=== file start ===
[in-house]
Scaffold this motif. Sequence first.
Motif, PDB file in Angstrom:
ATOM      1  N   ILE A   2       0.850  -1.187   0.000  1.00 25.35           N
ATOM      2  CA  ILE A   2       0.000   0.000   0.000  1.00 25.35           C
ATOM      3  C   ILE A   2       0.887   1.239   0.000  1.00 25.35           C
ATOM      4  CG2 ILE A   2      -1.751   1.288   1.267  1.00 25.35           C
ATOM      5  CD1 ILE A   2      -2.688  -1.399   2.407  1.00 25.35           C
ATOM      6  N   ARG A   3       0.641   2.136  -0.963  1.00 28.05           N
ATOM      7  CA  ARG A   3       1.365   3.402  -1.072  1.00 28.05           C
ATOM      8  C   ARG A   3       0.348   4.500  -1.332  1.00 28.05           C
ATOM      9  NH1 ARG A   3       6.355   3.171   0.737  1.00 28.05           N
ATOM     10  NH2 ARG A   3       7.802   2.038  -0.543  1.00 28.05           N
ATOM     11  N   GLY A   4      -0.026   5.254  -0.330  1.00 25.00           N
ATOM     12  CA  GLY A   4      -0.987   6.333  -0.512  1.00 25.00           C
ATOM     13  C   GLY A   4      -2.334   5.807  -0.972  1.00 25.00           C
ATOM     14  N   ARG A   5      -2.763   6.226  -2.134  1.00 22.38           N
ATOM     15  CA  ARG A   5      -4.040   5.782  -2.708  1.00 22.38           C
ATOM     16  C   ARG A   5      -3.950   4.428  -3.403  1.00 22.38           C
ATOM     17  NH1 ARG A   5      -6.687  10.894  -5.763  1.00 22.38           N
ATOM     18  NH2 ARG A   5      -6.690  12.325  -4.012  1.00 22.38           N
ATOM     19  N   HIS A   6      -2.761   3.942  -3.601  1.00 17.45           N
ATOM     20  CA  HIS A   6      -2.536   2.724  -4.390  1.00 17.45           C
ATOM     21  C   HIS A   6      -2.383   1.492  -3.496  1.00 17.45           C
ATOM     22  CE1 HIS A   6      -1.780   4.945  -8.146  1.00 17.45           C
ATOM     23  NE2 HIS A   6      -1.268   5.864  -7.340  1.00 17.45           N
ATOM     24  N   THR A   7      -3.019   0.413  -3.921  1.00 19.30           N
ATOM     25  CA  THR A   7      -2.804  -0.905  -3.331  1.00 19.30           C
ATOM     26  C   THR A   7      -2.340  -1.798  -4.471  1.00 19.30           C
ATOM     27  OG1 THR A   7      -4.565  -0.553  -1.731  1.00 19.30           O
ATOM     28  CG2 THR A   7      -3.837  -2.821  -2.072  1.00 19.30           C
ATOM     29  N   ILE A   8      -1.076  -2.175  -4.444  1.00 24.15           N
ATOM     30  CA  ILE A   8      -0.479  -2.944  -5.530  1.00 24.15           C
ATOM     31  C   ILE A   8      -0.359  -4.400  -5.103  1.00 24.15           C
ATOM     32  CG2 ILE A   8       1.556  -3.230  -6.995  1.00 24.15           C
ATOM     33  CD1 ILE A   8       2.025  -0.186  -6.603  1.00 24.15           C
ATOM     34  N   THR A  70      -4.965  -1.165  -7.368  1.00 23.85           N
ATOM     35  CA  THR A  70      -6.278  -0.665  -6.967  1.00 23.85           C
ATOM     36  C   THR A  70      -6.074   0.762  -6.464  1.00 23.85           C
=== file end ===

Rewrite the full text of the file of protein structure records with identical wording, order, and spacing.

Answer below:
[in-house]
Scaffold this motif. Sequence first.
Motif, PDB file in Angstrom:
ATOM      1  N   ILE A   2       0.850  -1.187   0.000  1.00 25.35           N
ATOM      2  CA  ILE A   2       0.000   0.000   0.000  1.00 25.35           C
ATOM      3  C   ILE A   2       0.887   1.239   0.000  1.00 25.35           C
ATOM      4  CG2 ILE A   2      -1.751   1.288   1.267  1.00 25.35           C
ATOM      5  CD1 ILE A   2      -2.688  -1.399   2.407  1.00 25.35           C
ATOM      6  N   ARG A   3       0.641   2.136  -0.963  1.00 28.05           N
ATOM      7  CA  ARG A   3       1.365   3.402  -1.072  1.00 28.05           C
ATOM      8  C   ARG A   3       0.348   4.500  -1.332  1.00 28.05           C
ATOM      9  NH1 ARG A   3       6.355   3.171   0.737  1.00 28.05           N
ATOM     10  NH2 ARG A   3       7.802   2.038  -0.543  1.00 28.05           N
ATOM     11  N   GLY A   4      -0.026   5.254  -0.330  1.00 25.00           N
ATOM     12  CA  GLY A   4      -0.987   6.333  -0.512  1.00 25.00           C
ATOM     13  C   GLY A   4      -2.334   5.807  -0.972  1.00 25.00           C
ATOM     14  N   ARG A   5      -2.763   6.226  -2.134  1.00 22.38           N
ATOM     15  CA  ARG A   5      -4.040   5.782  -2.708  1.00 22.38           C
ATOM     16  C   ARG A   5      -3.950   4.428  -3.403  1.00 22.38           C
ATOM     17  NH1 ARG A   5      -6.687  10.894  -5.763  1.00 22.38           N
ATOM     18  NH2 ARG A   5      -6.690  12.325  -4.012  1.00 22.38           N
ATOM     19  N   HIS A   6      -2.761   3.942  -3.601  1.00 17.45           N
ATOM     20  CA  HIS A   6      -2.536   2.724  -4.390  1.00 17.45           C
ATOM     21  C   HIS A   6      -2.383   1.492  -3.496  1.00 17.45           C
ATOM     22  CE1 HIS A   6      -1.780   4.945  -8.146  1.00 17.45           C
ATOM     23  NE2 HIS A   6      -1.268   5.864  -7.340  1.00 17.45           N
ATOM     24  N   THR A   7      -3.019   0.413  -3.921  1.00 19.30           N
ATOM     25  CA  THR A   7      -2.804  -0.905  -3.331  1.00 19.30           C
ATOM     26  C   THR A   7      -2.340  -1.798  -4.471  1.00 19.30           C
ATOM     27  OG1 THR A   7      -4.565  -0.553  -1.731  1.00 19.30           O
ATOM     28  CG2 THR A   7      -3.837  -2.821  -2.072  1.00 19.30           C
ATOM     29  N   ILE A   8      -1.076  -2.175  -4.444  1.00 24.15           N
ATOM     30  CA  ILE A   8      -0.479  -2.944  -5.530  1.00 24.15           C
ATOM     31  C   ILE A   8      -0.359  -4.400  -5.103  1.00 24.15           C
ATOM     32  CG2 ILE A   8       1.556  -3.230  -6.995  1.00 24.15           C
ATOM     33  CD1 ILE A   8       2.025  -0.186  -6.603  1.00 24.15           C
ATOM     34  N   THR A  70      -4.965  -1.165  -7.368  1.00 23.85           N
ATOM     35  CA  THR A  70      -6.278  -0.665  -6.967  1.00 23.85           C
ATOM     36  C   THR A  70      -6.074   0.762  -6.464  1.00 23.85           C